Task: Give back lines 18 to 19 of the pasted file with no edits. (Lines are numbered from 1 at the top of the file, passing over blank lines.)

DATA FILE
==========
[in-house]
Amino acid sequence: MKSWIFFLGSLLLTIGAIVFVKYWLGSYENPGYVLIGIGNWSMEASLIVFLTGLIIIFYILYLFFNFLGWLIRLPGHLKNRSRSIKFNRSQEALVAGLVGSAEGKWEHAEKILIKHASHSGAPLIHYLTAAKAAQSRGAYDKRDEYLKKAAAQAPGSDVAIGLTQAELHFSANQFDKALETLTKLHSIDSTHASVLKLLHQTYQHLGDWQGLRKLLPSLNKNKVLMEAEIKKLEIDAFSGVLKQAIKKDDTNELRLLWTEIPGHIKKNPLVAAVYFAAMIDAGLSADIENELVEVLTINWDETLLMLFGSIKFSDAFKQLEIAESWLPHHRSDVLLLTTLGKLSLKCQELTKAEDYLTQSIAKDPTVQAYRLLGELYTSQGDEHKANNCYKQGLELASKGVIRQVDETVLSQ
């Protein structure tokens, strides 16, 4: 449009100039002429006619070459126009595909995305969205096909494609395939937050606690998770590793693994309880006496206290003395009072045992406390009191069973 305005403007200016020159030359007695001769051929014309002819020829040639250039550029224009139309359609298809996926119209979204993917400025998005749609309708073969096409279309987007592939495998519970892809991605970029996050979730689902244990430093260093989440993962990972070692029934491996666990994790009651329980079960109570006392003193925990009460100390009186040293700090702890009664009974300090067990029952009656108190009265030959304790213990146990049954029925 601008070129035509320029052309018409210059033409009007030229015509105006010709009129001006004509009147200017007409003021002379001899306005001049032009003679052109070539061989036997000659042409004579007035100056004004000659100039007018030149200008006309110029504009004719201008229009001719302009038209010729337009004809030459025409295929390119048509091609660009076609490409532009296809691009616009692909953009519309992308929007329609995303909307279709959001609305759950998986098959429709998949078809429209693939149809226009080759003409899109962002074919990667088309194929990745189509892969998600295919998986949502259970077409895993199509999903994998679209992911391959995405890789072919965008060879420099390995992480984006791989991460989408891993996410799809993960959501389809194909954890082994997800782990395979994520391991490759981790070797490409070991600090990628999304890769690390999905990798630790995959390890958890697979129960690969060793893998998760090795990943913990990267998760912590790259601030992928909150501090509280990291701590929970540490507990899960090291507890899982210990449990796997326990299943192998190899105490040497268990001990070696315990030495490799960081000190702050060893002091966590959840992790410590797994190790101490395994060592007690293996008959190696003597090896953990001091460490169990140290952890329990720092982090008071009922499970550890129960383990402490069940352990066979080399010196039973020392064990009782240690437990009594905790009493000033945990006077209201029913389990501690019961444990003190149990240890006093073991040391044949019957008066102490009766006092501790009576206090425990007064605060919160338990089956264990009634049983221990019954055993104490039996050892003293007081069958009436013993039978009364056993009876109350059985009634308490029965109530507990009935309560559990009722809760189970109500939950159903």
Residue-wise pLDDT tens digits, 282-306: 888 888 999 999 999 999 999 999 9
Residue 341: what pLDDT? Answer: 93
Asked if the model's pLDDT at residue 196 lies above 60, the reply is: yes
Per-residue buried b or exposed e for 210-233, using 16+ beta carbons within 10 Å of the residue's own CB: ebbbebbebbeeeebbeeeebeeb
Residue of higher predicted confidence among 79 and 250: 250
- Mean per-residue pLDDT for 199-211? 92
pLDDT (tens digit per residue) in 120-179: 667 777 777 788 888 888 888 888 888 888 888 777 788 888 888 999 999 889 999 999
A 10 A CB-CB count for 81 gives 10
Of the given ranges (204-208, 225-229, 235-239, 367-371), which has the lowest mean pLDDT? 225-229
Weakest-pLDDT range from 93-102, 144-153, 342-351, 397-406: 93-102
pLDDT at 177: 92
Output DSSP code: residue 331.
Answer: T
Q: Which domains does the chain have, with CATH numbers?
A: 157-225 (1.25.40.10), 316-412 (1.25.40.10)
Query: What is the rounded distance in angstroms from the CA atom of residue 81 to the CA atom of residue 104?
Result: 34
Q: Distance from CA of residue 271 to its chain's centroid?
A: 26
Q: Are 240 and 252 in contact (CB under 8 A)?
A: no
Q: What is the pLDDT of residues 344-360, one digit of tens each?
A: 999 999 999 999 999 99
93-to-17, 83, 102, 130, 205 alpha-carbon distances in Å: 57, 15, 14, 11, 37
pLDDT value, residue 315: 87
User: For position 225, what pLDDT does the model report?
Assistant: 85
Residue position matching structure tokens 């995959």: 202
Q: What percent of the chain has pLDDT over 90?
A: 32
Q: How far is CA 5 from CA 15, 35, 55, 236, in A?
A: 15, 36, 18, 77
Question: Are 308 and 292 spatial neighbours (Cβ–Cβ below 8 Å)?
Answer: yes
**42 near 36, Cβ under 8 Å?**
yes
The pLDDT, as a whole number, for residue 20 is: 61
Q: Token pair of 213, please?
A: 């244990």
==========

A: 157-225 (1.25.40.10), 316-412 (1.25.40.10)
Query: What is the rounded distance in angstroms from the CA atom of residue 81 to the CA atom of residue 104?